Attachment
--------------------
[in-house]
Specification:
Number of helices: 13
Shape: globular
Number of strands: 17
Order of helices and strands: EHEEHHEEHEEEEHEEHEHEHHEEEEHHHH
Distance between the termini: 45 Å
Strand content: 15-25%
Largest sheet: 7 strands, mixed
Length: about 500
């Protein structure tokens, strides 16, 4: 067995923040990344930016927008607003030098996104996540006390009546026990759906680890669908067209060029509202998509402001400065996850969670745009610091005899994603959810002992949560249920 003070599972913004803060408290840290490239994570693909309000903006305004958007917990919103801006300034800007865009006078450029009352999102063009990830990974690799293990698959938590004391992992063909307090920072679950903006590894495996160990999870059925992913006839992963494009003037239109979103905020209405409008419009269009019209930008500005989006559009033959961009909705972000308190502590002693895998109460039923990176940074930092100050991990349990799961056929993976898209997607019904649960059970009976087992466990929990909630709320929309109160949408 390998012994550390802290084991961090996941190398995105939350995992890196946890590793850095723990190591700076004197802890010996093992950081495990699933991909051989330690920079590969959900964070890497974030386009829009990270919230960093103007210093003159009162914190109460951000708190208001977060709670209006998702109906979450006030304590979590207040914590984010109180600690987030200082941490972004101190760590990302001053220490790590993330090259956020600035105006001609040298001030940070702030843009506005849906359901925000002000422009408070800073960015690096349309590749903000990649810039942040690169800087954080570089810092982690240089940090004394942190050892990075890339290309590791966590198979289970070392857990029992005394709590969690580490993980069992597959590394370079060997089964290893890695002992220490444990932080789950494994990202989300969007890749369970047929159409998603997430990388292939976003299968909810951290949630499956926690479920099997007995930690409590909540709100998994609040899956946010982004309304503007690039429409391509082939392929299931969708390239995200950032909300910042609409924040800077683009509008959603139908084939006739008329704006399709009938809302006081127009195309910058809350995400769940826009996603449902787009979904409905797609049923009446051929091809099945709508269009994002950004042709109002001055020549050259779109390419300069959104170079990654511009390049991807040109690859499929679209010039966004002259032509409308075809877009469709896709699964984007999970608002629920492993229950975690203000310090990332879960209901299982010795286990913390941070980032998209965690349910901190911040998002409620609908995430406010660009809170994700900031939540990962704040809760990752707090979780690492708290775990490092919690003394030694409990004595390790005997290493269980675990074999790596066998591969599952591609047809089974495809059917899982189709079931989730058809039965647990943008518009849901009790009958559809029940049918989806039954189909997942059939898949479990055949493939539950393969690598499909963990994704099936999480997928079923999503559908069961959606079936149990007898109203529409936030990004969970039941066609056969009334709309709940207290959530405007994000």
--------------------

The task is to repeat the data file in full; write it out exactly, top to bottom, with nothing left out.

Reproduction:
[in-house]
Specification:
Number of helices: 13
Shape: globular
Number of strands: 17
Order of helices and strands: EHEEHHEEHEEEEHEEHEHEHHEEEEHHHH
Distance between the termini: 45 Å
Strand content: 15-25%
Largest sheet: 7 strands, mixed
Length: about 500
């Protein structure tokens, strides 16, 4: 067995923040990344930016927008607003030098996104996540006390009546026990759906680890669908067209060029509202998509402001400065996850969670745009610091005899994603959810002992949560249920 003070599972913004803060408290840290490239994570693909309000903006305004958007917990919103801006300034800007865009006078450029009352999102063009990830990974690799293990698959938590004391992992063909307090920072679950903006590894495996160990999870059925992913006839992963494009003037239109979103905020209405409008419009269009019209930008500005989006559009033959961009909705972000308190502590002693895998109460039923990176940074930092100050991990349990799961056929993976898209997607019904649960059970009976087992466990929990909630709320929309109160949408 390998012994550390802290084991961090996941190398995105939350995992890196946890590793850095723990190591700076004197802890010996093992950081495990699933991909051989330690920079590969959900964070890497974030386009829009990270919230960093103007210093003159009162914190109460951000708190208001977060709670209006998702109906979450006030304590979590207040914590984010109180600690987030200082941490972004101190760590990302001053220490790590993330090259956020600035105006001609040298001030940070702030843009506005849906359901925000002000422009408070800073960015690096349309590749903000990649810039942040690169800087954080570089810092982690240089940090004394942190050892990075890339290309590791966590198979289970070392857990029992005394709590969690580490993980069992597959590394370079060997089964290893890695002992220490444990932080789950494994990202989300969007890749369970047929159409998603997430990388292939976003299968909810951290949630499956926690479920099997007995930690409590909540709100998994609040899956946010982004309304503007690039429409391509082939392929299931969708390239995200950032909300910042609409924040800077683009509008959603139908084939006739008329704006399709009938809302006081127009195309910058809350995400769940826009996603449902787009979904409905797609049923009446051929091809099945709508269009994002950004042709109002001055020549050259779109390419300069959104170079990654511009390049991807040109690859499929679209010039966004002259032509409308075809877009469709896709699964984007999970608002629920492993229950975690203000310090990332879960209901299982010795286990913390941070980032998209965690349910901190911040998002409620609908995430406010660009809170994700900031939540990962704040809760990752707090979780690492708290775990490092919690003394030694409990004595390790005997290493269980675990074999790596066998591969599952591609047809089974495809059917899982189709079931989730058809039965647990943008518009849901009790009958559809029940049918989806039954189909997942059939898949479990055949493939539950393969690598499909963990994704099936999480997928079923999503559908069961959606079936149990007898109203529409936030990004969970039941066609056969009334709309709940207290959530405007994000």